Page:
Embrace tenets of African Free Trade Area, Charumbira urges member states
George Maponga in Midranda, South Africa
African member states have been exhorted to urgently embrace the tenets of the African Continental Free Trade Area (AfCFTA) with Pan African Parliament (PAP) President Chief Fortune Charumbira saying its rollout will extricate close to 50 million people out of extreme poverty across arguably the world’s least developed continent.
Chief Charumbira rallied African countries to remove hurdles stopping the quick implementation of free trade across the continent today at the start of a two-day workshop on the AfCFTA held on the sidelines of the ongoing Second Ordinary Session of PAP’s 6th Parliament in Midrand, South Africa.
The workshop is aimed at discussing the African Free Trade Area and also define the role of the PAP in the effective implementation the free trade agreement.
In his address to MPs at the start of the workshop, the PAP president said the AfCFTA will increase Africa’s exports to the outside world as well as ramping up intra-Africa trade by more than 100 percent.
He lamented that while the issue of rolling out a free trade area across Africa has been top of the agenda since the inception of majority rule across Africa, there has been limited tangible progress on the ground hence the move by PAP to add impetus to realisation of that goal.
Chief Charumbira noted that only ”the terminology” had changed in the desire to engender an African free trade area saying it appeared ”something was not working well” hence delays in rolling out that epochal development that will stimulate socio-economic development across the continent.
“If we implement this (AfCFTA),close to 50 million people will escape extreme poverty on the continent. Africa’s exports to the world would grow, and intra-Africa trade will expand by more than 100 percent. We knew since we got independence that we needed to trade amongst ourselves but we were not doing that and that is the reason why this workshop has two days while others are only lasting for an hour. We need to see what has been blocking us from getting there,” said Chief Charumbira.
President Charumbira threw down the gauntlet at PAP parliamentarians to contribute towards realisation of the AfCFTA dream which engender
seismic socio-economic development across Africa.
”As parliamentarians, we have been told that AfCFTA will bring prosperity to Africa. So our duty now is to establish the bottlenecks and impediments towards achieving the Africa we want and then address them because this is the solution to our economic problems.”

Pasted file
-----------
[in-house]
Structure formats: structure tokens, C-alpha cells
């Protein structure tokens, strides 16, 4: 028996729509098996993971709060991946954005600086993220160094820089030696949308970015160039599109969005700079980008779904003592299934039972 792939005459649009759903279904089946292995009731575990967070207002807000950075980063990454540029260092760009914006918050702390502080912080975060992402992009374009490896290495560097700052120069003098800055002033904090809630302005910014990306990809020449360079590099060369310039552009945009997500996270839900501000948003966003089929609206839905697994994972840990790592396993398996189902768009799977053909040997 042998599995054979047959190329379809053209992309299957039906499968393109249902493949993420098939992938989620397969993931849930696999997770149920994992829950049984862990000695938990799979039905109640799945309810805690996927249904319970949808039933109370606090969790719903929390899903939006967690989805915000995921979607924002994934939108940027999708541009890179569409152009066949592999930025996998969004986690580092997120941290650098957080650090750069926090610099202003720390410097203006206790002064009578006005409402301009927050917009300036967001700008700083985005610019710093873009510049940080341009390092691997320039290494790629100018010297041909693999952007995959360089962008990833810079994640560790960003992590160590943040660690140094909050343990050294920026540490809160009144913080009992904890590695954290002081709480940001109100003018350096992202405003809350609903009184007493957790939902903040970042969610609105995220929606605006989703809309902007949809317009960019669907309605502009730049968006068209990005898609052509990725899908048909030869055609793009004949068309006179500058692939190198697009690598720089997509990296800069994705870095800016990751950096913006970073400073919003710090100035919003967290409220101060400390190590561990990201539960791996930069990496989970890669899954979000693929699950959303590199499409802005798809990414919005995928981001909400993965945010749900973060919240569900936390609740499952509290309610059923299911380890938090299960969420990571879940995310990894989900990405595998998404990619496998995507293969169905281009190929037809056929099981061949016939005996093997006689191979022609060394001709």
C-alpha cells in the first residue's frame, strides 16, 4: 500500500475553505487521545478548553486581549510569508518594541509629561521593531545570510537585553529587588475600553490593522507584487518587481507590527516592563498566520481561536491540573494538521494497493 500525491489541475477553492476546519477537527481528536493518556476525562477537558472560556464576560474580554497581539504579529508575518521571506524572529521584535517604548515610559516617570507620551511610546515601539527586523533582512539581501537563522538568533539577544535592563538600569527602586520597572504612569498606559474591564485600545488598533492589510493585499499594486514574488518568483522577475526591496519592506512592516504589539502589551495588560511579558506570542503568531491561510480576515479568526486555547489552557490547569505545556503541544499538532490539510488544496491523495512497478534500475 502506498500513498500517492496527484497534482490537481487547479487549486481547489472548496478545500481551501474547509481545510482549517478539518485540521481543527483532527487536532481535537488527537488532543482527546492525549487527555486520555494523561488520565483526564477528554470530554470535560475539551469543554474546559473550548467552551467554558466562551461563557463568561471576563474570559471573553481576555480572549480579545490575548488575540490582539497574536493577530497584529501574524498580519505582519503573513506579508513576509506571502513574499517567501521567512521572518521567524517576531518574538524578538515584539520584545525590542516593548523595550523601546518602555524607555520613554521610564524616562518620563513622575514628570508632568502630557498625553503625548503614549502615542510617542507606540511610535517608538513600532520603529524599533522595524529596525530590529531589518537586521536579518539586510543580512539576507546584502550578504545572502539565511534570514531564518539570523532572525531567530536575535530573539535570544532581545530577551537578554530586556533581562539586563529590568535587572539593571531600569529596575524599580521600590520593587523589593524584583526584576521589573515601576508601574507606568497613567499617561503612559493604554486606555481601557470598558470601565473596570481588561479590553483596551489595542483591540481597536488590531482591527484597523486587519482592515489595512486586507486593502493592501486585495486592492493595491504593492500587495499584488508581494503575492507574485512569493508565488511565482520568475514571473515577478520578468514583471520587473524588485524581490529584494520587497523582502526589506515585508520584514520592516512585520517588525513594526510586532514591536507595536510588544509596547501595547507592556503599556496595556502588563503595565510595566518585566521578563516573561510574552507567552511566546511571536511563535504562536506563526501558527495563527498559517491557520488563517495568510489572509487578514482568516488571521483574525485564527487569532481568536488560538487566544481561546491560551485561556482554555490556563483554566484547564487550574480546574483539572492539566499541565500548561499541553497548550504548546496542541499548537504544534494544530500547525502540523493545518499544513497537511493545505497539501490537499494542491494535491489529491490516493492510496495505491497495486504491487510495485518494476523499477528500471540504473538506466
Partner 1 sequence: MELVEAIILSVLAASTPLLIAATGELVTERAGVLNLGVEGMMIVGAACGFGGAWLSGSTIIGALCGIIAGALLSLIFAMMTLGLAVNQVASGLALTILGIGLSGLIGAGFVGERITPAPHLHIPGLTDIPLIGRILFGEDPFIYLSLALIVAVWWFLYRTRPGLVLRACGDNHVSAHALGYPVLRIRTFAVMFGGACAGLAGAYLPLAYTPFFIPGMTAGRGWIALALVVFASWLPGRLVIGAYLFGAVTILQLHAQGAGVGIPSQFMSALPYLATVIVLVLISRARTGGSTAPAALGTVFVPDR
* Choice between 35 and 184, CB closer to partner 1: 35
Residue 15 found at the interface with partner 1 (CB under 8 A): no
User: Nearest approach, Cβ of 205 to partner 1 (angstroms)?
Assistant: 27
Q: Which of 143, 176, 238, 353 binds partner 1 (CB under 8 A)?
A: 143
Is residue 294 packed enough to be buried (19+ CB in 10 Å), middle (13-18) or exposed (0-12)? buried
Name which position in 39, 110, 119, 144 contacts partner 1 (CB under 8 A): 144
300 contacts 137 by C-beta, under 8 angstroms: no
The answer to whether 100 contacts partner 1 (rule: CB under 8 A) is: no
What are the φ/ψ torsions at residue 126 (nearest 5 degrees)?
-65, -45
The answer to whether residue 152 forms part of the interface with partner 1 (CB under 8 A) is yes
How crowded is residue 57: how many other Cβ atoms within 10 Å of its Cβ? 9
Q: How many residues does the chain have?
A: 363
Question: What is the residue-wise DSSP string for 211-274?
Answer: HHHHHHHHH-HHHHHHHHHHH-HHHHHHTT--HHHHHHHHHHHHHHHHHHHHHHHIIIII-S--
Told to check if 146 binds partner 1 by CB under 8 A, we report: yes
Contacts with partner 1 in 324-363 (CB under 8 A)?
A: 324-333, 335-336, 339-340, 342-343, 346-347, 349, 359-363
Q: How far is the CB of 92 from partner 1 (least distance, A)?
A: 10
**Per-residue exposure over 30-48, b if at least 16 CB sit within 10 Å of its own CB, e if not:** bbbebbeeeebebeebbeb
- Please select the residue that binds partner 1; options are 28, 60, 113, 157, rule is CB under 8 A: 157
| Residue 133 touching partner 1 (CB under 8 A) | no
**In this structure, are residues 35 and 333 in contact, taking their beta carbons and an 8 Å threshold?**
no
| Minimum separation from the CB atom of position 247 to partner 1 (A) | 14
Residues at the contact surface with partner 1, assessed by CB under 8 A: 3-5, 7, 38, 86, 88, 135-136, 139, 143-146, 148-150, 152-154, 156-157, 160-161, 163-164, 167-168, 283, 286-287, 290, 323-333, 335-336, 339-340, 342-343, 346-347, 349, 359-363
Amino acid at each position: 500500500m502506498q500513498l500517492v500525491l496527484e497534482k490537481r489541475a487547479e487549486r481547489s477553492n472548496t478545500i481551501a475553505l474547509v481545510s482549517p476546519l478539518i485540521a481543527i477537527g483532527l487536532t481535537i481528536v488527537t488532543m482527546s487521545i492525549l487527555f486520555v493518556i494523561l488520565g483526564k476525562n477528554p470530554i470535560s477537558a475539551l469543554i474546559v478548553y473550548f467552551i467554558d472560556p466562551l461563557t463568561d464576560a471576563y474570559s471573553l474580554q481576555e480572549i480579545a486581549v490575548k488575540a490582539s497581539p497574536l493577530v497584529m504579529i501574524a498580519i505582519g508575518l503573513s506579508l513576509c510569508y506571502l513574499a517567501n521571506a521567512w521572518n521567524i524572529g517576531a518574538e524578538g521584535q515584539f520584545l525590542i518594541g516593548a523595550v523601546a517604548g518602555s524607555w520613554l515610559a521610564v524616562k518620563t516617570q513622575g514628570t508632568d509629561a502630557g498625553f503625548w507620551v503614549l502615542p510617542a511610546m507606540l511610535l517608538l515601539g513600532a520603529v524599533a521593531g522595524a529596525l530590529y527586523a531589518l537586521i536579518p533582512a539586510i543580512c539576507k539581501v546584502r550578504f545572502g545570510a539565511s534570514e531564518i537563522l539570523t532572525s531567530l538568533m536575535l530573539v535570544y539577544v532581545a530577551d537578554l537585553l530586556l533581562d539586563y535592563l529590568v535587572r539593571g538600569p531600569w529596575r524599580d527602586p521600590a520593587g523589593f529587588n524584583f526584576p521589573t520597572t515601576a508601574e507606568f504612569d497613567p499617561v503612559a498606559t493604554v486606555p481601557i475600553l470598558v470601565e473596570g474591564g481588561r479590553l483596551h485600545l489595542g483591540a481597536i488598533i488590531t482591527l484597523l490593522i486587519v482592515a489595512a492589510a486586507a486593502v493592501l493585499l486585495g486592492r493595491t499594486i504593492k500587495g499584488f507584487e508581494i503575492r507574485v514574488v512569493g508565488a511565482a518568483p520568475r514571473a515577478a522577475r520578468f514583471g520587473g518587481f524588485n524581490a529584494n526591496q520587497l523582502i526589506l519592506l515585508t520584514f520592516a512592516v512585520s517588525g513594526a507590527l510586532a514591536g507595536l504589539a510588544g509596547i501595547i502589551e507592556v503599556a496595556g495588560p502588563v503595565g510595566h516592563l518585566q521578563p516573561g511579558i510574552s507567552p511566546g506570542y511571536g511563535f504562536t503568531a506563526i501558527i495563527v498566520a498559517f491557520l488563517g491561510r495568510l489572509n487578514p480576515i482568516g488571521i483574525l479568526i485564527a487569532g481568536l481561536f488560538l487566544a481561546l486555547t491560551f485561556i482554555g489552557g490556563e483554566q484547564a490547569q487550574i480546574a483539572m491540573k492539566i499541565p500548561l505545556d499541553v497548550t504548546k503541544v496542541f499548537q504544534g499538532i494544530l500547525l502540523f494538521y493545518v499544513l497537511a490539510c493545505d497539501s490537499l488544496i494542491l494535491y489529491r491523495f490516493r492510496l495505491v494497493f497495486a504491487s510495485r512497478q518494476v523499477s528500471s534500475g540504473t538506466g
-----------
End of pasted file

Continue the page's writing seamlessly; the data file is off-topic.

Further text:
Resolution of most problems plaguing Africa today among them, unemployment, energy crisis, fertiliser shortages in agriculture, will be relegated to the periphery once the AfCFTA sees the light of the day.
He said one of the major impediments to socio-economic development across the continent was that Africans citizens were not proud of
themselves a practice he said must change.
In his address at the same gathering, president of the Africa Business Council Dr Amany Asfour said if Africa wants to achieve the AFCFTA, there was need for private sector involvement.
“If we want to realise the African dream, the Africa we want, a prosperous, integrated, physically integrated Africa, we need the private sector to play a role. Are we going to be able to trade amongst ourselves one day when have been used to importing goods from China, Dubai amd other states? We need to empower our women, youths.”
She said African governments were supposed to legislate procurement of goods and services and make sure that they allocate a certain percentage to African companies.
“One of our advocacy pillars is about having 40 percent of government procurement goes to African private sector, this is how we can empower the African private sector by this policy because its not possible to have what is found on the African soil outside Africa, that is why we need at least 40 percent,” she said.
Dr Asfour added that there was need for investment in the health sector, among other investment opportunities, which Africa can explore to make sure that it is fully industrialised and help realise the African dream.
“AfCFTA without industrialisation and investment will remain a dream but you your excellencies(MPs) present wield the power to make it happen. We as the private sector need your guidance. For instance in the health sector, according to WHO, 80 percent of African people are dying from cancer as compared to 24 percent in the West because we are not investing in health,” she said.
”Our people are going to India and other parts of the world to seek medical treatment and all that could end if we have a public-private sector engagement and deliberate on the matter,” she said.
In his presentation at the same workshop, Mr Mohamed Ali who was representing the AfCFTA, said as an organisation they were happy and relying on PAP support to help push forward the implementation of a continental free trade area that will positively change the socio-economic configuration of the African continent.